mXparser code:

Function s = new Function("s(n, x) = if( x >= 1, n, s(n+1, x + rUni(0,1) ) )"); Expression e = new Expression("avg( i, 1, 10000, s(0,0) )", s);

Result:

[mXparser-v.4.1.1] 2.7194

Best regards,

*Mariusz Gromada*

mXparser code:

Function s = new Function("s(n, x) = if( x >= 1, n, s(n+1, x + rUni(0,1) ) )"); Expression e = new Expression("avg( i, 1, 10000, s(0,0) )", s);

Result:

[mXparser-v.4.1.1] 2.7194

Best regards,

*Mariusz Gromada*

Some time ago I considered the * problem of sampling with replacement* exactly

**What is the number of ways to obtain exactly k unique elements sampling with replacement n-elements from n-element set?**

Above question relates to * bootstrap estimation*, as the answer gives distribution of unique elements (its number) in bootstrap samples.

Let * B(n,k)* be the function representing the number of such ways.

Pretty standard - the number of ways to choose **k** different elements of n paying attention to the order - this is a variation without repetition * V(n,k)*.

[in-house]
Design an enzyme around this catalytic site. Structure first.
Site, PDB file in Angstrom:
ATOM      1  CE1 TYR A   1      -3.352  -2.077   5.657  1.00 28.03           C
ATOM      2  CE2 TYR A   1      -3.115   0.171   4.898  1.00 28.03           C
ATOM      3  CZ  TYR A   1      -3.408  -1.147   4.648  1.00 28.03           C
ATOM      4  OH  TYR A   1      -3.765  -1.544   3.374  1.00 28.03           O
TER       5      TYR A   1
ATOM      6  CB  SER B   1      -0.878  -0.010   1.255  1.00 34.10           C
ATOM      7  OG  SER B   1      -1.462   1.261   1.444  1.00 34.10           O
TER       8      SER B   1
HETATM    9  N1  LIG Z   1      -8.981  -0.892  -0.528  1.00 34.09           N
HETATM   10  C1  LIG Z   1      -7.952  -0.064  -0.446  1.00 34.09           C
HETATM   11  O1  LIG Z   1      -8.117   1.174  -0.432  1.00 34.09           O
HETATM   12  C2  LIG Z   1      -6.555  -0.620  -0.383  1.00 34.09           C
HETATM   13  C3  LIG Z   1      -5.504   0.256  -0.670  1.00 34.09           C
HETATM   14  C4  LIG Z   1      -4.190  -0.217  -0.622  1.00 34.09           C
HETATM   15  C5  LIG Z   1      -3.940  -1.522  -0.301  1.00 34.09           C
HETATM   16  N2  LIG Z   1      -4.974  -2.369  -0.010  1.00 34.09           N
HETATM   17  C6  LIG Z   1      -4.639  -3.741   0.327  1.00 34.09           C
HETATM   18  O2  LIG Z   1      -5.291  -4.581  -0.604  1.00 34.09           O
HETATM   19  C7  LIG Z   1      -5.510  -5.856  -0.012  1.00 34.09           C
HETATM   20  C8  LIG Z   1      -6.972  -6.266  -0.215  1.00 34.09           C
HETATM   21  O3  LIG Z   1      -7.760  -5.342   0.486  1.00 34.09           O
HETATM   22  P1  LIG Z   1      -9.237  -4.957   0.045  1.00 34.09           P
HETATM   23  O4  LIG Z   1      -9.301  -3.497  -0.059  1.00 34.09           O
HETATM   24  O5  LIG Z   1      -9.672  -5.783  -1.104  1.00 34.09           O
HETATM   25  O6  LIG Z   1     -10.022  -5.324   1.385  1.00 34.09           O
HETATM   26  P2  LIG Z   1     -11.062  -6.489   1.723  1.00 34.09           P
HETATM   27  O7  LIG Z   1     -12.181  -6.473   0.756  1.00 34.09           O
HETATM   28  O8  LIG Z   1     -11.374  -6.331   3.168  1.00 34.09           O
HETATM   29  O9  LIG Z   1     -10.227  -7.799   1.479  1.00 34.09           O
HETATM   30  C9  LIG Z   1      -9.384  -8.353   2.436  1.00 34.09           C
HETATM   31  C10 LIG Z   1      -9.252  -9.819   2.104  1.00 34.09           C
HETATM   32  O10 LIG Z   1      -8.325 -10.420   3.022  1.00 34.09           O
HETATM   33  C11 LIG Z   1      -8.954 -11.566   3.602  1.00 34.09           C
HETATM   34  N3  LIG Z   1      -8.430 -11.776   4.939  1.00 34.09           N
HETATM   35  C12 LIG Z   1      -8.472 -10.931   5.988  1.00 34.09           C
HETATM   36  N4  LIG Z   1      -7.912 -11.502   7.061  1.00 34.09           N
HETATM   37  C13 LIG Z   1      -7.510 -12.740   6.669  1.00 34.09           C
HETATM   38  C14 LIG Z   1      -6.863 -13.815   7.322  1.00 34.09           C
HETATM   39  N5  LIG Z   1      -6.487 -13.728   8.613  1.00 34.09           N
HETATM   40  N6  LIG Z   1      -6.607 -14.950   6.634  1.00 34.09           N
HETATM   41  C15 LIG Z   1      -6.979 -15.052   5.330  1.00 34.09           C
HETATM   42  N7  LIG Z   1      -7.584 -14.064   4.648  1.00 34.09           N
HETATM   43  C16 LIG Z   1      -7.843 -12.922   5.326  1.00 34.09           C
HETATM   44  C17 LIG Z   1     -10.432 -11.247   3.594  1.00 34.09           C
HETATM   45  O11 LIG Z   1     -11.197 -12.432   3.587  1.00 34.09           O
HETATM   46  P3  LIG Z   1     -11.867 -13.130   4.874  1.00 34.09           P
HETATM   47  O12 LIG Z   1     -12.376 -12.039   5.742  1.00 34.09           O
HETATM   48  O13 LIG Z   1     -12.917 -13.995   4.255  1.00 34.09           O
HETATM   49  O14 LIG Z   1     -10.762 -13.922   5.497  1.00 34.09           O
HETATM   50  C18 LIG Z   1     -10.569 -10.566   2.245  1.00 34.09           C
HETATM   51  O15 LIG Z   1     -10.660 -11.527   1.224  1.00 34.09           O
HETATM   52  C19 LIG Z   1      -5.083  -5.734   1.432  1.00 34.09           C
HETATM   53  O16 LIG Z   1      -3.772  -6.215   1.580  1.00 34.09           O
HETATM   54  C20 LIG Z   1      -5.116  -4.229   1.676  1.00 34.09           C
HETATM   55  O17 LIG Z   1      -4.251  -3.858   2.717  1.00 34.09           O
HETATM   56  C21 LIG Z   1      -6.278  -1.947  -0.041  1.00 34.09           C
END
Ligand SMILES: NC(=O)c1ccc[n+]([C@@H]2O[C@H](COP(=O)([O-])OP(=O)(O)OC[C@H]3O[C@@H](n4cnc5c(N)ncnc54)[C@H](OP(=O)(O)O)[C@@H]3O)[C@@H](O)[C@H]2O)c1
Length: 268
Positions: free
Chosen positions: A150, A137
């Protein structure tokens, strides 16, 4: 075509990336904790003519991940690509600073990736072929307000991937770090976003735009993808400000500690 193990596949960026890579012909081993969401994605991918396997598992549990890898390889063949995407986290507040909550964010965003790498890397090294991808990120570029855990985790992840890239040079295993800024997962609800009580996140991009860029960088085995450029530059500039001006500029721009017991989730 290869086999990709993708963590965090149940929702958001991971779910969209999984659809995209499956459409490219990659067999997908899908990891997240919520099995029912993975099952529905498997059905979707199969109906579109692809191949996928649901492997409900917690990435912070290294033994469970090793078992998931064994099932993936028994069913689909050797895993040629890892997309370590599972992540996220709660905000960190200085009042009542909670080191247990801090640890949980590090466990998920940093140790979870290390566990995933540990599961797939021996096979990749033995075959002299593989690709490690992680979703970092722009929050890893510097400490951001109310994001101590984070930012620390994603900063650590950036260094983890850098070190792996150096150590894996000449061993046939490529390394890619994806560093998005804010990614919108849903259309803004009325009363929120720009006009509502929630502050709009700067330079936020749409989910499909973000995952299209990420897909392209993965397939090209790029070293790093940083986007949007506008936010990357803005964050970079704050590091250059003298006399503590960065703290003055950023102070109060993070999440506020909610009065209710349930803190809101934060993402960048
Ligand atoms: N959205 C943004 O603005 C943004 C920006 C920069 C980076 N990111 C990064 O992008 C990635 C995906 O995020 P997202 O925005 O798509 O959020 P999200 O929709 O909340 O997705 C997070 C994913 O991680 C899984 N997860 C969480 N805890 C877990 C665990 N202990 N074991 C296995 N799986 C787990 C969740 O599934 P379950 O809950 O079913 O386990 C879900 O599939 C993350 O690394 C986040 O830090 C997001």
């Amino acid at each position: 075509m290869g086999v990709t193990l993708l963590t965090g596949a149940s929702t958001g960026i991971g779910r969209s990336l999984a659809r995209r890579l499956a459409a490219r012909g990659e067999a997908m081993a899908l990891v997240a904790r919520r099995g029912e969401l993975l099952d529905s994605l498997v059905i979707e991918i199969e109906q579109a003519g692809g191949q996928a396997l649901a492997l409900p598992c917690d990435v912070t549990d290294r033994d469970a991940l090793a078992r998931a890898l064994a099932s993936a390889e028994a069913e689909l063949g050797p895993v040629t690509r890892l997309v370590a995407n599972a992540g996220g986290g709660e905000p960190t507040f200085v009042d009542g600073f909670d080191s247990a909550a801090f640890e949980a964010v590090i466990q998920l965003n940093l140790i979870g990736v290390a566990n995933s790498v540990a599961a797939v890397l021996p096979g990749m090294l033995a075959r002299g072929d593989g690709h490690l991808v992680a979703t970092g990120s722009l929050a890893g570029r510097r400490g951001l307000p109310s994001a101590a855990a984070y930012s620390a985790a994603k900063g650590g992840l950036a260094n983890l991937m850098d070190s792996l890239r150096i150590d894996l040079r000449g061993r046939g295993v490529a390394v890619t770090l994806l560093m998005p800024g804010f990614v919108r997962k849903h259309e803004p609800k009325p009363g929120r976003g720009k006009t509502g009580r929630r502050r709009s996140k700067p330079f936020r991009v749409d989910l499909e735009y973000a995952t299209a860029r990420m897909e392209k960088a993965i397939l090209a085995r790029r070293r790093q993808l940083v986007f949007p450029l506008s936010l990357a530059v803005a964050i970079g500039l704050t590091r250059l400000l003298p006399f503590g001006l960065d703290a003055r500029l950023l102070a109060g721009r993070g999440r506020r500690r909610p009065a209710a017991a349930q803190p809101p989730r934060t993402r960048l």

Let us think form the other perspective, forgetting for a moment about just sampled **k** unique elements and the need of additional **n-k** (though it's true). Instead let's imagine that we have **n** items, including **k** unique. The trick is now to understand that having **k** different elements in a set of **n** elements is generating division of original set into **k** non-empty disjunctive subsets. How many ways to divide **n**-element set into k-subsets? This is the Stirling number of the second kind marked * S2 (n, k).* Finally

import org.mariuszgromada.math.mxparser.*; ... Function V = new Function("V(n,k) = n! / (n-k)!"); Function B = new Function("B(n,k) = V(n,k) * Stirl2(n,k)", V); int n = 5; for (int k = 0; k <= n; k++) mXparser.consolePrintln("B(" + n + "," + k + ") = " + B.calculate(n,k) );

Result

[mXparser-v.2.3.1] B(5,0) = 0.0 [mXparser-v.2.3.1] B(5,1) = 5.0 [mXparser-v.2.3.1] B(5,2) = 300.0 [mXparser-v.2.3.1] B(5,3) = 1500.0 [mXparser-v.2.3.1] B(5,4) = 1200.0 [mXparser-v.2.3.1] B(5,5) = 120.0

Best regards,

*Mariusz Gromada*

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